Fred runs the business part of things (payroll, costs, etc.), those things that I don’t really like to do. I run the kitchen and the baking and dough teams. He runs the front staff. It’s an amazing partnership and friendship. This new shop would’ve never happened if it weren’t for him. I couldn’t have done it on my own. We also have an amazing crew. We are so lucky.

How did you come up with the name Real Pie Company?
My son Quaid (who’s now almost 26). When he was five, we went to a chain restaurant that specializes in pies. He wanted pie, so we ordered a slice. He took a couple of bites, looked at me and said, “Mommy, is this real pie?” And I thought, if I ever open a pie shop, I’m going to name it Real Pie Company.

pot pie

What makes a Real Pie Company pie special?
We let the fruit take center stage. If you’re working with really beautiful fruit, it does a lot of the work for you. We use natural ingredients instead of preservatives and stabilizers. We try not to use too much sugar. A lot of our customers thank us because our pies are not overly sweet. Our all-butter crust, we have to teach people sometimes how to cut it. Butter crusts are flaky, crackly, crunchy, crispy on the edges.

Talk to us about how the season and local ingredients drive your menu items.
It always feels like Christmas to me whenever I go to the farmers’ market. I’m surrounded by all this gorgeous fruit and thinking about how to transform it into something equally delicious. I look at what’s available seasonally. During the summer we’ve got peaches, apricots and nectarines, so I like to build from that. But we also have a lot of iconic pies, like chocolate cream, key lime, butterscotch, banana cream. We also have galettes, hand pies and these palm-sized crispy fruit containers called “Crusty Lusty.”

What are your most popular items?
The Rhubarb & Raspberry pie – people at first get weirded out by that non-traditional combination, but it’s become hugely popular at our shop, and it has this vibrant pink color. We have an Apricot & Blackberry pie with a gorgeous lattice top. People love lattice tops on anything. It’s so visually appealing. Our Key Lime is so awesome and refreshing, and customers tell us it’s the best they’ve ever had.

lattice top peach pie

How did the pandemic affect Real Pie Company?
It was stunningly shocking for everybody. One day we were open, and the next day we were closed. We had a walk-in full of food. We closed for five months. We froze what we could and gave away milk and eggs. Eventually, we started doing bake sales. People pre-ordered online and picked up at our shop. [They] really wanted that comfort food, especially our savory Real Chicken Pot Pies and Shepherd’s Pies. Our bake sales really kept us going until we reopened. We’ve made some pivots since then, including turning our dining room into a production space.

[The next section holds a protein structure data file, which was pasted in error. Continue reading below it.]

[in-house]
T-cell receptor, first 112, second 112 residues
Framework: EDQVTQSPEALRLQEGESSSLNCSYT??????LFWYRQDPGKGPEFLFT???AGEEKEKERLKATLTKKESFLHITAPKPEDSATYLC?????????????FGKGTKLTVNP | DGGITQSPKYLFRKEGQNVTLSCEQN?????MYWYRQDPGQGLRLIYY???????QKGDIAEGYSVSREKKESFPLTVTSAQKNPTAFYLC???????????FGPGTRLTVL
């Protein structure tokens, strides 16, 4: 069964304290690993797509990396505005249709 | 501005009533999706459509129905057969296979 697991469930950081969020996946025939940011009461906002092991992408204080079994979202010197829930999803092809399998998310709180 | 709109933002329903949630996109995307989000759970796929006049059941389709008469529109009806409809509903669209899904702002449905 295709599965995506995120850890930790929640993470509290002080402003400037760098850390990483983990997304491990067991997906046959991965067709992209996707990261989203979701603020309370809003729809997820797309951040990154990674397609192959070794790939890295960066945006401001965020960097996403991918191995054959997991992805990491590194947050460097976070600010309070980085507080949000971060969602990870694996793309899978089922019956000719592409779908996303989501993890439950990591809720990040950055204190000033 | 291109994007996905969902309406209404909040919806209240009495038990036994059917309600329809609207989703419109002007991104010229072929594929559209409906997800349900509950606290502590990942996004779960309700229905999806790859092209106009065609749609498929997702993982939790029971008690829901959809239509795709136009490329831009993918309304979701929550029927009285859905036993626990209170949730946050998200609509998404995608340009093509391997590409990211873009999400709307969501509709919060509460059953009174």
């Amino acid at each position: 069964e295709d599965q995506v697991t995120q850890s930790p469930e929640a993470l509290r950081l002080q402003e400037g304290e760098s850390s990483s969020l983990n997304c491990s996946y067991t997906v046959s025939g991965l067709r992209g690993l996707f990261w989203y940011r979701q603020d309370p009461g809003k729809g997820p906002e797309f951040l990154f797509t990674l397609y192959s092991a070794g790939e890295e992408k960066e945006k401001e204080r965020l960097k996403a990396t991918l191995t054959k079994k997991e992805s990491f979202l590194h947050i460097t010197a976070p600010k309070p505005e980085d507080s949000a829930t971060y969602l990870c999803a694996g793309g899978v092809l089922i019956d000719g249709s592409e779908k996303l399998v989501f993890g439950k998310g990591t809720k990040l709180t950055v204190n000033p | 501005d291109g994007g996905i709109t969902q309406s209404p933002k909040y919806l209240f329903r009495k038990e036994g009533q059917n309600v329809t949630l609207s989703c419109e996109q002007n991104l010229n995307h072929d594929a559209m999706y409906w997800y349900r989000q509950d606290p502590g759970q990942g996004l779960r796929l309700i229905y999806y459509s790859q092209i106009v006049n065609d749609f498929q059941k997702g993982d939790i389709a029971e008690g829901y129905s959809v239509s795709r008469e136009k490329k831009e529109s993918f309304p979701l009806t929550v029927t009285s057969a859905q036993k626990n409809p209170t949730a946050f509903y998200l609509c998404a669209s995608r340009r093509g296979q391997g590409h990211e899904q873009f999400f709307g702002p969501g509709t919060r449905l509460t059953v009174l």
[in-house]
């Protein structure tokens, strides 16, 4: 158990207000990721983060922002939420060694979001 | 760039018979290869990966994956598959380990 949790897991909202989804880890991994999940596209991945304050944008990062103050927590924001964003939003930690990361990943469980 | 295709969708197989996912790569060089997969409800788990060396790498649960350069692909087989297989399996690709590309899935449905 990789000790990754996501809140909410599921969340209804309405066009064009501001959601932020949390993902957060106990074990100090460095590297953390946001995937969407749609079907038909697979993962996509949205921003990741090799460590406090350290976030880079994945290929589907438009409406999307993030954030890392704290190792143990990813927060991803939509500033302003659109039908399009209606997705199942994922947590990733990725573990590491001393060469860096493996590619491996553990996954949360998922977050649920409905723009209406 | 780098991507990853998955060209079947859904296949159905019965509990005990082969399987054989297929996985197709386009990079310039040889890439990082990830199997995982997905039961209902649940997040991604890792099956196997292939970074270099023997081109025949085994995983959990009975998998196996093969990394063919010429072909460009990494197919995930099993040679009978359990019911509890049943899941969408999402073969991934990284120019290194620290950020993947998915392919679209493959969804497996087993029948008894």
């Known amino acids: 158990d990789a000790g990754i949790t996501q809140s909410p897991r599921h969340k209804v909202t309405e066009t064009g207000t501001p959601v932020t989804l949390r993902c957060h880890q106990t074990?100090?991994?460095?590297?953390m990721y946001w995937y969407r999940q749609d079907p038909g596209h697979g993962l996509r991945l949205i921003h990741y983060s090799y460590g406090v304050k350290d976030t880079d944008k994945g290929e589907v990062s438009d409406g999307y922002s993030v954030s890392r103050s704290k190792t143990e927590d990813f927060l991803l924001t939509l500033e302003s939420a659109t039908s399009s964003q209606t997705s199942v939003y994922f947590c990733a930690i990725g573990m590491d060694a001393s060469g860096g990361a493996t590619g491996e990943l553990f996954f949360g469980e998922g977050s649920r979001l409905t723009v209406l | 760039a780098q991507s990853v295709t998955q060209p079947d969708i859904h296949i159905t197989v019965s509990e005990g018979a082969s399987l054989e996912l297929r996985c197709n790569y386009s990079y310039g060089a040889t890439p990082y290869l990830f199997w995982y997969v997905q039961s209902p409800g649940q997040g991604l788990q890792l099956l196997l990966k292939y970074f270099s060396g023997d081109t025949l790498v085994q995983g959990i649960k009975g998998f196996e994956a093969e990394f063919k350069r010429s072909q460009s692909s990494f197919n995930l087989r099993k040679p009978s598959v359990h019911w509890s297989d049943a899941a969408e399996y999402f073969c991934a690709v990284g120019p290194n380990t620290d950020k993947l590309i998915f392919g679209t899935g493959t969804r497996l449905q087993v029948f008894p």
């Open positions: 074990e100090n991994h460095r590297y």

What does it mean to be a part of the Sacramento food scene?
We’re so lucky in that we’re surrounded by small family farms. I’ve had several opportunities to build relationships for many years. I worked for the UC system small farm center, which taught people about farming, establishing farmers markets, agrotourism, things like that. I founded the Sacramento chapter of the nonprofit Slow Food years ago. I was also the food writer for a Sacramento magazine for 20 years. I got to meet so many people in the food and agriculture industry, getting to know these families and farms even before I opened my pie shop.

The one thing that I hear from everybody about the Sacramento food industry is that it’s very collaborative. We’ve all got each other’s backs. There’s a lot of kindness here and I really appreciate that.


Marc Cuenco

Marc Cuenco is a Los Angeles-based freelance writer with over 10 years of experience covering pop culture, food, fashion and lifestyle. A healthcare professional by day, Marc spends his free time taking photos of his puppy Chandler and exploring L.A.’s diverse food scene.